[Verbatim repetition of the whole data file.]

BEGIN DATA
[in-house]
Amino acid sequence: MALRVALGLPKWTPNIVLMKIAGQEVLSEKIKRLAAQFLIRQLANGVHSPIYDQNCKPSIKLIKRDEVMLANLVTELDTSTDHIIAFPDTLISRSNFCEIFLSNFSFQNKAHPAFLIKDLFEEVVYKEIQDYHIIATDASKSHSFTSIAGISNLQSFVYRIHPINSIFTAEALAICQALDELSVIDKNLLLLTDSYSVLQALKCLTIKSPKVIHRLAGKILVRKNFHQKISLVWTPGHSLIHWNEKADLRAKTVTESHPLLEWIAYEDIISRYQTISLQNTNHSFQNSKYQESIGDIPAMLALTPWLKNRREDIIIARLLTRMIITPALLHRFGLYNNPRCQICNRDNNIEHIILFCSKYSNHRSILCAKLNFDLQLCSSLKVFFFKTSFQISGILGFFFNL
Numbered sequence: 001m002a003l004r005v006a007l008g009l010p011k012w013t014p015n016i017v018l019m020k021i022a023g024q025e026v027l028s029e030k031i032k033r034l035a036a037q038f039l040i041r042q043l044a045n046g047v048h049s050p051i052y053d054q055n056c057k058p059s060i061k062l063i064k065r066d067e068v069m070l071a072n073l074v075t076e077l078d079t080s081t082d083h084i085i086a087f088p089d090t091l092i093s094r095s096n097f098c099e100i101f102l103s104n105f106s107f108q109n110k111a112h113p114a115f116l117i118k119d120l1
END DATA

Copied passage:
[in-house]
Amino acid sequence: MALRVALGLPKWTPNIVLMKIAGQEVLSEKIKRLAAQFLIRQLANGVHSPIYDQNCKPSIKLIKRDEVMLANLVTELDTSTDHIIAFPDTLISRSNFCEIFLSNFSFQNKAHPAFLIKDLFEEVVYKEIQDYHIIATDASKSHSFTSIAGISNLQSFVYRIHPINSIFTAEALAICQALDELSVIDKNLLLLTDSYSVLQALKCLTIKSPKVIHRLAGKILVRKNFHQKISLVWTPGHSLIHWNEKADLRAKTVTESHPLLEWIAYEDIISRYQTISLQNTNHSFQNSKYQESIGDIPAMLALTPWLKNRREDIIIARLLTRMIITPALLHRFGLYNNPRCQICNRDNNIEHIILFCSKYSNHRSILCAKLNFDLQLCSSLKVFFFKTSFQISGILGFFFNL
Numbered sequence: 001m002a003l004r005v006a007l008g009l010p011k012w013t014p015n016i017v018l019m020k021i022a023g024q025e026v027l028s029e030k031i032k033r034l035a036a037q038f039l040i041r042q043l044a045n046g047v048h049s050p051i052y053d054q055n056c057k058p059s060i061k062l063i064k065r066d067e068v069m070l071a072n073l074v075t076e077l078d079t080s081t082d083h084i085i086a087f088p089d090t091l092i093s094r095s096n097f098c099e100i101f102l103s104n105f106s107f108q109n110k111a112h113p114a115f116l117i118k119d120l1